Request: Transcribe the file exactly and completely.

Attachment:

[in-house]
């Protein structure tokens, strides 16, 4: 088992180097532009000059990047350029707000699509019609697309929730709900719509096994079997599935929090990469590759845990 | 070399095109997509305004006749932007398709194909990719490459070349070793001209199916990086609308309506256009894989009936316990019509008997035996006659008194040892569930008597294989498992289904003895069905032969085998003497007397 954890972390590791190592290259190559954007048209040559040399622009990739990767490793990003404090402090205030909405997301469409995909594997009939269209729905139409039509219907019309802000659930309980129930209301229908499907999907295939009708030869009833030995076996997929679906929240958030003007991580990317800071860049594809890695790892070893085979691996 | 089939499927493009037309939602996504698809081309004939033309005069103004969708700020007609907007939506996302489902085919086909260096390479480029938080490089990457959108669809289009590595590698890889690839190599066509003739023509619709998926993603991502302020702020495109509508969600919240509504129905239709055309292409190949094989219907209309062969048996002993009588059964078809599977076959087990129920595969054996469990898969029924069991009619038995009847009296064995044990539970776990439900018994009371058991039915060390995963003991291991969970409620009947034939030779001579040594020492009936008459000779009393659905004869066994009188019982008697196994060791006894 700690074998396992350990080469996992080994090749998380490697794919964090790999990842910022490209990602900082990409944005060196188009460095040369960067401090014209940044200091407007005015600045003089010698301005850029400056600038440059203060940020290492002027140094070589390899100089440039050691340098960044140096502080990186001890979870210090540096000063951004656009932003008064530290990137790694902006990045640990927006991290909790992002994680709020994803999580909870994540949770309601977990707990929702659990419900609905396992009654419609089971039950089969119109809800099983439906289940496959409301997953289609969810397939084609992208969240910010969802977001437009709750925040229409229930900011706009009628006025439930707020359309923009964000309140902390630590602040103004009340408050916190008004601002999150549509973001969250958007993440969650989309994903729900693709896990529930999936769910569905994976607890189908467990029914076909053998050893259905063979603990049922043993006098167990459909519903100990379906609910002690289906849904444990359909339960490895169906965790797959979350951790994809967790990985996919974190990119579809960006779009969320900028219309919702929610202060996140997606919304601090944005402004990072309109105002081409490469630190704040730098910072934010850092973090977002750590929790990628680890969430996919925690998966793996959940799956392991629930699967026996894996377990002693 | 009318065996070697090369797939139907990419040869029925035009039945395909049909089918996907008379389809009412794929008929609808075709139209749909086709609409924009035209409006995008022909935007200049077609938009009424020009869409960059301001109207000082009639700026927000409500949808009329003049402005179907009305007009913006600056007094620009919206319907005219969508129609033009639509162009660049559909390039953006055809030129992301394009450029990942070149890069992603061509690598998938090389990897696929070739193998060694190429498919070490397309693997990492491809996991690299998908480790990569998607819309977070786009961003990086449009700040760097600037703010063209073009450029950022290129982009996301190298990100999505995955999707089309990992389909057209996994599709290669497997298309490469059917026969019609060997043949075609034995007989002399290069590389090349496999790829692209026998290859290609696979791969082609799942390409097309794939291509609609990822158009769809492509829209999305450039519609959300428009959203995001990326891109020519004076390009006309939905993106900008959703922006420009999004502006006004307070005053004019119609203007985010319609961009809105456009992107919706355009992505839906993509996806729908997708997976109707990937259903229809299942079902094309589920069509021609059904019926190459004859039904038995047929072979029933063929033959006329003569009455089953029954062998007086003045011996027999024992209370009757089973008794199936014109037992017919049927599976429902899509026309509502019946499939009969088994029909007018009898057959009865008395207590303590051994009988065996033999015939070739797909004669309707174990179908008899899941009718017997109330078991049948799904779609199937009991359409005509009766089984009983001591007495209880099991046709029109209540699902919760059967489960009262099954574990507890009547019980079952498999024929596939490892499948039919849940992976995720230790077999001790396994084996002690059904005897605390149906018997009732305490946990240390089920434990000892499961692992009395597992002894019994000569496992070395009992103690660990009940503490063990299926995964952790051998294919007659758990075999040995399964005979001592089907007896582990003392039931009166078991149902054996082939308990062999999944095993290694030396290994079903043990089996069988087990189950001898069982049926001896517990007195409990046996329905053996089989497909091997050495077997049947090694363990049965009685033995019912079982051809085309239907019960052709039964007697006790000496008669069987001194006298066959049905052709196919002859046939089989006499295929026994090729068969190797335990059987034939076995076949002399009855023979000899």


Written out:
[in-house]
């Protein structure tokens, strides 16, 4: 088992180097532009000059990047350029707000699509019609697309929730709900719509096994079997599935929090990469590759845990 | 070399095109997509305004006749932007398709194909990719490459070349070793001209199916990086609308309506256009894989009936316990019509008997035996006659008194040892569930008597294989498992289904003895069905032969085998003497007397 954890972390590791190592290259190559954007048209040559040399622009990739990767490793990003404090402090205030909405997301469409995909594997009939269209729905139409039509219907019309802000659930309980129930209301229908499907999907295939009708030869009833030995076996997929679906929240958030003007991580990317800071860049594809890695790892070893085979691996 | 089939499927493009037309939602996504698809081309004939033309005069103004969708700020007609907007939506996302489902085919086909260096390479480029938080490089990457959108669809289009590595590698890889690839190599066509003739023509619709998926993603991502302020702020495109509508969600919240509504129905239709055309292409190949094989219907209309062969048996002993009588059964078809599977076959087990129920595969054996469990898969029924069991009619038995009847009296064995044990539970776990439900018994009371058991039915060390995963003991291991969970409620009947034939030779001579040594020492009936008459000779009393659905004869066994009188019982008697196994060791006894 700690074998396992350990080469996992080994090749998380490697794919964090790999990842910022490209990602900082990409944005060196188009460095040369960067401090014209940044200091407007005015600045003089010698301005850029400056600038440059203060940020290492002027140094070589390899100089440039050691340098960044140096502080990186001890979870210090540096000063951004656009932003008064530290990137790694902006990045640990927006991290909790992002994680709020994803999580909870994540949770309601977990707990929702659990419900609905396992009654419609089971039950089969119109809800099983439906289940496959409301997953289609969810397939084609992208969240910010969802977001437009709750925040229409229930900011706009009628006025439930707020359309923009964000309140902390630590602040103004009340408050916190008004601002999150549509973001969250958007993440969650989309994903729900693709896990529930999936769910569905994976607890189908467990029914076909053998050893259905063979603990049922043993006098167990459909519903100990379906609910002690289906849904444990359909339960490895169906965790797959979350951790994809967790990985996919974190990119579809960006779009969320900028219309919702929610202060996140997606919304601090944005402004990072309109105002081409490469630190704040730098910072934010850092973090977002750590929790990628680890969430996919925690998966793996959940799956392991629930699967026996894996377990002693 | 009318065996070697090369797939139907990419040869029925035009039945395909049909089918996907008379389809009412794929008929609808075709139209749909086709609409924009035209409006995008022909935007200049077609938009009424020009869409960059301001109207000082009639700026927000409500949808009329003049402005179907009305007009913006600056007094620009919206319907005219969508129609033009639509162009660049559909390039953006055809030129992301394009450029990942070149890069992603061509690598998938090389990897696929070739193998060694190429498919070490397309693997990492491809996991690299998908480790990569998607819309977070786009961003990086449009700040760097600037703010063209073009450029950022290129982009996301190298990100999505995955999707089309990992389909057209996994599709290669497997298309490469059917026969019609060997043949075609034995007989002399290069590389090349496999790829692209026998290859290609696979791969082609799942390409097309794939291509609609990822158009769809492509829209999305450039519609959300428009959203995001990326891109020519004076390009006309939905993106900008959703922006420009999004502006006004307070005053004019119609203007985010319609961009809105456009992107919706355009992505839906993509996806729908997708997976109707990937259903229809299942079902094309589920069509021609059904019926190459004859039904038995047929072979029933063929033959006329003569009455089953029954062998007086003045011996027999024992209370009757089973008794199936014109037992017919049927599976429902899509026309509502019946499939009969088994029909007018009898057959009865008395207590303590051994009988065996033999015939070739797909004669309707174990179908008899899941009718017997109330078991049948799904779609199937009991359409005509009766089984009983001591007495209880099991046709029109209540699902919760059967489960009262099954574990507890009547019980079952498999024929596939490892499948039919849940992976995720230790077999001790396994084996002690059904005897605390149906018997009732305490946990240390089920434990000892499961692992009395597992002894019994000569496992070395009992103690660990009940503490063990299926995964952790051998294919007659758990075999040995399964005979001592089907007896582990003392039931009166078991149902054996082939308990062999999944095993290694030396290994079903043990089996069988087990189950001898069982049926001896517990007195409990046996329905053996089989497909091997050495077997049947090694363990049965009685033995019912079982051809085309239907019960052709039964007697006790000496008669069987001194006298066959049905052709196919002859046939089989006499295929026994090729068969190797335990059987034939076995076949002399009855023979000899």